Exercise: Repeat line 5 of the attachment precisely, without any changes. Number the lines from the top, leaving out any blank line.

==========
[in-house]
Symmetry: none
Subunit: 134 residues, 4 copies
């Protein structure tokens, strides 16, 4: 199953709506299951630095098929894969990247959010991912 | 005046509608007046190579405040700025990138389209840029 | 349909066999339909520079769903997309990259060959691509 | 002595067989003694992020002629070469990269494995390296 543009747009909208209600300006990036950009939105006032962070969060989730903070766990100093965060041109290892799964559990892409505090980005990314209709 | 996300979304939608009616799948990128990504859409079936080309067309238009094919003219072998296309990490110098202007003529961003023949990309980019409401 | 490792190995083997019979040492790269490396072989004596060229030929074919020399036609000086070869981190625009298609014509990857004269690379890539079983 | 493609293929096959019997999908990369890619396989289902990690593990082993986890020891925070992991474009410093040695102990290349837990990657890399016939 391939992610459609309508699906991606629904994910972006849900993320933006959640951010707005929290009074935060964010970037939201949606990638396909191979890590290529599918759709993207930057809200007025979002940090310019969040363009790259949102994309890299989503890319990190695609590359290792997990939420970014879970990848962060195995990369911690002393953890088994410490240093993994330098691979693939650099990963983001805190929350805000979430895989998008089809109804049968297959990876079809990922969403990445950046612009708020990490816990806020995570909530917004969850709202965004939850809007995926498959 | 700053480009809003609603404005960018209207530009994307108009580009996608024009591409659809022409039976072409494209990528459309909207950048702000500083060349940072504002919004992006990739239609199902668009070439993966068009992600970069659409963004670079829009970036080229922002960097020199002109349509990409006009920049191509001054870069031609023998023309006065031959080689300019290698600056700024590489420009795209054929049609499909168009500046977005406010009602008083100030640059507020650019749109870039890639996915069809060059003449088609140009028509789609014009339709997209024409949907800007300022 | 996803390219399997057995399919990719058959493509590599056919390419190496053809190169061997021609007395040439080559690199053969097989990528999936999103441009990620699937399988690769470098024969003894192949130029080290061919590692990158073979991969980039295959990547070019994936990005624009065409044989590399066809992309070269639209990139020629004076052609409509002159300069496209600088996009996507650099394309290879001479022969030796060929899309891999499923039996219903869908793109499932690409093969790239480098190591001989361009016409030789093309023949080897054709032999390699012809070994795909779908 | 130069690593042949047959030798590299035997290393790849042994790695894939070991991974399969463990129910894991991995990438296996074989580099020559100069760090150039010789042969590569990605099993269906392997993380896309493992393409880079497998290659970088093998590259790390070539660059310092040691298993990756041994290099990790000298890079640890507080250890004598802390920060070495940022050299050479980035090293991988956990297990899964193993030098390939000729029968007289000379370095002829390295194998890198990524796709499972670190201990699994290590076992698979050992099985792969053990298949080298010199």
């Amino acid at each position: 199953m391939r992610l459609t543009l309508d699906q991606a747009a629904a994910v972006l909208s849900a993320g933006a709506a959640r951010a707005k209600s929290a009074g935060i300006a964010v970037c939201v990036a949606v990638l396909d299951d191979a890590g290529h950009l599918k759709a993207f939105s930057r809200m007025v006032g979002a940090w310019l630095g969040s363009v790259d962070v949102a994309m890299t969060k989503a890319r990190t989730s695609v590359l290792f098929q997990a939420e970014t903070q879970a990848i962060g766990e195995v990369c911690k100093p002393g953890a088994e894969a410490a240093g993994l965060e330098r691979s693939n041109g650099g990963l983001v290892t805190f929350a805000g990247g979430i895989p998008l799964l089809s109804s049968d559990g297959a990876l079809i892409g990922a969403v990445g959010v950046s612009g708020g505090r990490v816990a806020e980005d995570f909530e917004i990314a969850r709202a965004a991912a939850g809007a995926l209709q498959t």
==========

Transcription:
């Amino acid at each position: 199953m391939r992610l459609t543009l309508d699906q991606a747009a629904a994910v972006l909208s849900a993320g933006a709506a959640r951010a707005k209600s929290a009074g935060i300006a964010v970037c939201v990036a949606v990638l396909d299951d191979a890590g290529h950009l599918k759709a993207f939105s930057r809200m007025v006032g979002a940090w310019l630095g969040s363009v790259d962070v949102a994309m890299t969060k989503a890319r990190t989730s695609v590359l290792f098929q997990a939420e970014t903070q879970a990848i962060g766990e195995v990369c911690k100093p002393g953890a088994e894969a410490a240093g993994l965060e330098r691979s693939n041109g650099g990963l983001v290892t805190f929350a805000g990247g979430i895989p998008l799964l089809s109804s049968d559990g297959a990876l079809i892409g990922a969403v990445g959010v950046s612009g708020g505090r990490v816990a806020e980005d995570f909530e917004i990314a969850r709202a965004a991912a939850g809007a995926l209709q498959t």